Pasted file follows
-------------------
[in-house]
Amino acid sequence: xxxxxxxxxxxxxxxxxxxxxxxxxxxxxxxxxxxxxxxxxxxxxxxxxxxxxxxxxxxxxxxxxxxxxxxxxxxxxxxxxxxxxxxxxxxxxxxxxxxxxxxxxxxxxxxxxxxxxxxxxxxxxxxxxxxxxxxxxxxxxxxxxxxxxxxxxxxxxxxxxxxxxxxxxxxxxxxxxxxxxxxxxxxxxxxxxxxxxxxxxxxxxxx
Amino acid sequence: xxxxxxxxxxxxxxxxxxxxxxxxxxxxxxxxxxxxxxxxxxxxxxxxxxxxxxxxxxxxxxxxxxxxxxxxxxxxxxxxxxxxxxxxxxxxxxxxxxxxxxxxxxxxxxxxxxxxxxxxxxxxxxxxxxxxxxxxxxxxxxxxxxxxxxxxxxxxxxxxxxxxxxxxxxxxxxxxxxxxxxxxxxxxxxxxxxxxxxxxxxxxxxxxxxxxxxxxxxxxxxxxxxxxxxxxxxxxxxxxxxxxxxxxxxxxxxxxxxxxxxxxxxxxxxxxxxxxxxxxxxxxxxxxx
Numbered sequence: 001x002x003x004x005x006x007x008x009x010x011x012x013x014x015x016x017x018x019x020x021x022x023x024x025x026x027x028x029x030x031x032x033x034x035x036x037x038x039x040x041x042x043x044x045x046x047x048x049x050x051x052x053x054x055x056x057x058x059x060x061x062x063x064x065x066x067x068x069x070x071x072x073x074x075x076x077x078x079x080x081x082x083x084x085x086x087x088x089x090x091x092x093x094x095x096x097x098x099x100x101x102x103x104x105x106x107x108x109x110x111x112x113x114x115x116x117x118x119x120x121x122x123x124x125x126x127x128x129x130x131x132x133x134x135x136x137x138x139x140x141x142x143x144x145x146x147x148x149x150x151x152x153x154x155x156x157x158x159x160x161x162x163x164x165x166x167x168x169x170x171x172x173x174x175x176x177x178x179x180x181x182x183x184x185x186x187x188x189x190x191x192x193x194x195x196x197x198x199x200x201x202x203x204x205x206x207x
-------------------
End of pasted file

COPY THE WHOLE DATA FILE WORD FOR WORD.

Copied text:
[in-house]
Amino acid sequence: xxxxxxxxxxxxxxxxxxxxxxxxxxxxxxxxxxxxxxxxxxxxxxxxxxxxxxxxxxxxxxxxxxxxxxxxxxxxxxxxxxxxxxxxxxxxxxxxxxxxxxxxxxxxxxxxxxxxxxxxxxxxxxxxxxxxxxxxxxxxxxxxxxxxxxxxxxxxxxxxxxxxxxxxxxxxxxxxxxxxxxxxxxxxxxxxxxxxxxxxxxxxxxx
Amino acid sequence: xxxxxxxxxxxxxxxxxxxxxxxxxxxxxxxxxxxxxxxxxxxxxxxxxxxxxxxxxxxxxxxxxxxxxxxxxxxxxxxxxxxxxxxxxxxxxxxxxxxxxxxxxxxxxxxxxxxxxxxxxxxxxxxxxxxxxxxxxxxxxxxxxxxxxxxxxxxxxxxxxxxxxxxxxxxxxxxxxxxxxxxxxxxxxxxxxxxxxxxxxxxxxxxxxxxxxxxxxxxxxxxxxxxxxxxxxxxxxxxxxxxxxxxxxxxxxxxxxxxxxxxxxxxxxxxxxxxxxxxxxxxxxxxxx
Numbered sequence: 001x002x003x004x005x006x007x008x009x010x011x012x013x014x015x016x017x018x019x020x021x022x023x024x025x026x027x028x029x030x031x032x033x034x035x036x037x038x039x040x041x042x043x044x045x046x047x048x049x050x051x052x053x054x055x056x057x058x059x060x061x062x063x064x065x066x067x068x069x070x071x072x073x074x075x076x077x078x079x080x081x082x083x084x085x086x087x088x089x090x091x092x093x094x095x096x097x098x099x100x101x102x103x104x105x106x107x108x109x110x111x112x113x114x115x116x117x118x119x120x121x122x123x124x125x126x127x128x129x130x131x132x133x134x135x136x137x138x139x140x141x142x143x144x145x146x147x148x149x150x151x152x153x154x155x156x157x158x159x160x161x162x163x164x165x166x167x168x169x170x171x172x173x174x175x176x177x178x179x180x181x182x183x184x185x186x187x188x189x190x191x192x193x194x195x196x197x198x199x200x201x202x203x204x205x206x207x